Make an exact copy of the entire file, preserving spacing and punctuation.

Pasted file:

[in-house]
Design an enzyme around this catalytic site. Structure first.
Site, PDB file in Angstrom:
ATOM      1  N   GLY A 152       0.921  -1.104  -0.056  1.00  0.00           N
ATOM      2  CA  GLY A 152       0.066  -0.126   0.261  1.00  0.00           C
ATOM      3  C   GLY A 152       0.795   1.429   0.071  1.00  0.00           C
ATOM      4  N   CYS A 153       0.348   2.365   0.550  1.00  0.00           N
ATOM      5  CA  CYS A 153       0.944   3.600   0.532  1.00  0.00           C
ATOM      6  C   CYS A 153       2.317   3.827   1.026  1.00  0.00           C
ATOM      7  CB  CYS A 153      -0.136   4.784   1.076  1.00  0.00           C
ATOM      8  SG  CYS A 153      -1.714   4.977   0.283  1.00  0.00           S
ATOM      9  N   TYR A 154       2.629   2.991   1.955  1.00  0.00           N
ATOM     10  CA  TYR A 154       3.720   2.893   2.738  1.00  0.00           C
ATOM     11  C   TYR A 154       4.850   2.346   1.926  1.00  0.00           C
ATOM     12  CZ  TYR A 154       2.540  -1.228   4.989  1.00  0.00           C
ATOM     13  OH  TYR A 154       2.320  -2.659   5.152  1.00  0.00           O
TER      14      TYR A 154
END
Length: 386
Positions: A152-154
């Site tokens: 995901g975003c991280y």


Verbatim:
[in-house]
Design an enzyme around this catalytic site. Structure first.
Site, PDB file in Angstrom:
ATOM      1  N   GLY A 152       0.921  -1.104  -0.056  1.00  0.00           N
ATOM      2  CA  GLY A 152       0.066  -0.126   0.261  1.00  0.00           C
ATOM      3  C   GLY A 152       0.795   1.429   0.071  1.00  0.00           C
ATOM      4  N   CYS A 153       0.348   2.365   0.550  1.00  0.00           N
ATOM      5  CA  CYS A 153       0.944   3.600   0.532  1.00  0.00           C
ATOM      6  C   CYS A 153       2.317   3.827   1.026  1.00  0.00           C
ATOM      7  CB  CYS A 153      -0.136   4.784   1.076  1.00  0.00           C
ATOM      8  SG  CYS A 153      -1.714   4.977   0.283  1.00  0.00           S
ATOM      9  N   TYR A 154       2.629   2.991   1.955  1.00  0.00           N
ATOM     10  CA  TYR A 154       3.720   2.893   2.738  1.00  0.00           C
ATOM     11  C   TYR A 154       4.850   2.346   1.926  1.00  0.00           C
ATOM     12  CZ  TYR A 154       2.540  -1.228   4.989  1.00  0.00           C
ATOM     13  OH  TYR A 154       2.320  -2.659   5.152  1.00  0.00           O
TER      14      TYR A 154
END
Length: 386
Positions: A152-154
């Site tokens: 995901g975003c991280y």